With a post-pandemic world on the horizon, it’s time to prepare for the Covid-19 recovery and maximise the opportunities in healthcare that lie ahead. It will probably take between five and ten years to address the backlog of health issues that built up during the pandemic, so there is no denying the magnitude of the crisis — but the accelerated delivery of digital health that it forced on us presents an opportunity to embrace a new era in healthcare.
Covid-19 exposed many gaps in our ability to respond to a major crisis. We need to find ways to improve our day-to-day delivery of services while also developing greater resilience to weather inevitable future pandemics.
Healthcare spending is forecast to increase at a CAGR of 4% over 2020–24, up from 2.8% in 2015–19, and healthcare spending as a share of GDP worldwide will probably hover around 10.3% through 2023. We can help to reduce the cost of healthcare by making it easier to access care early.
By giving physicians, pharmacists and other healthcare providers access to care systems in real time, we can intervene earlier and drive down the cost of care by treating conditions before they become more serious. Delayed detection and treatment of serious health conditions not only reduces quality of life, it also means the care required is likely to be more extensive — and therefore costly. However, if conditions such as heart disease and diabetes are detected early, lifestyle changes can form a larger part of effective treatment and therefore reduce the level of costly clinical interventions otherwise needed.
For patients, real-time access to care systems helps to ensure continuity of care and makes it easier to schedule appointments. Telehealth and remote patient monitoring, including the use of mobile apps for self monitoring — central elements of care during the pandemic — have proved themselves to be a cost-effective and reliable means to increase capacity in under-resourced and geographically dispersed health systems. Scaling these approaches to be the default for appropriate cohorts will require both new tools and new processes.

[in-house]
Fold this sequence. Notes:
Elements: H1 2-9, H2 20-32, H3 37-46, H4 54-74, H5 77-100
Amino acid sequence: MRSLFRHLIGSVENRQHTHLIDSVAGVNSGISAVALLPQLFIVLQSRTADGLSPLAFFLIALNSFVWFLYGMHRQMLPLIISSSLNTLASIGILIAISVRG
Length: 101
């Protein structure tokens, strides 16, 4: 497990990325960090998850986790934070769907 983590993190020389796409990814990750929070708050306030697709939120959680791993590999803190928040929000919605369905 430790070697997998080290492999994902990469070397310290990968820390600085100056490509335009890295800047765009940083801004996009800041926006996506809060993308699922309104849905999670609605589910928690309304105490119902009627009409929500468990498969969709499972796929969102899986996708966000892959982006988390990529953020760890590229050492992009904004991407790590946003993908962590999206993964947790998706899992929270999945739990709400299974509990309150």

It might sound obvious, but we need to start approaching healthcare from the patient’s perspective. This means giving them the tools to manage their healthcare pathways. Individuals want access to their own information and some level of control over their health journey.
In the United States, the 21st Century Cures Act gives patients greater access to their records and makes it easier for organisations to share records. Healthcare providers, developers of certified health IT and health information exchanges and networks must permit patients to access their electronic health information through their preferred application.
Secure inclusive patient portals engage patients by allowing them, not only to access their health data, but to pay bills, refill prescriptions, schedule appointments and increase their involvement in managing their own care. In the future, we are likely to see more apps and services being built on top of this data, so the potential for increased self-management of patient care will expand.
Simply put, healthcare systems need to talk to each other. The siloed approach to healthcare means consultants and other health practitioners have to log into multiple systems to find the data they need. This causes unnecessary delays and can make it more difficult to coordinate an effective care plan for the patient.
Although more than 80% of US physicians' offices use some form of Electronic Health Records (EHRs), interoperability remains a huge gap. 2020 proved that it's possible to move quickly and securely with interoperability. The same bold approach must be taken in adopting standards such as Fast Healthcare Interoperability Resources (FHIR), a standard for exchanging EHRs.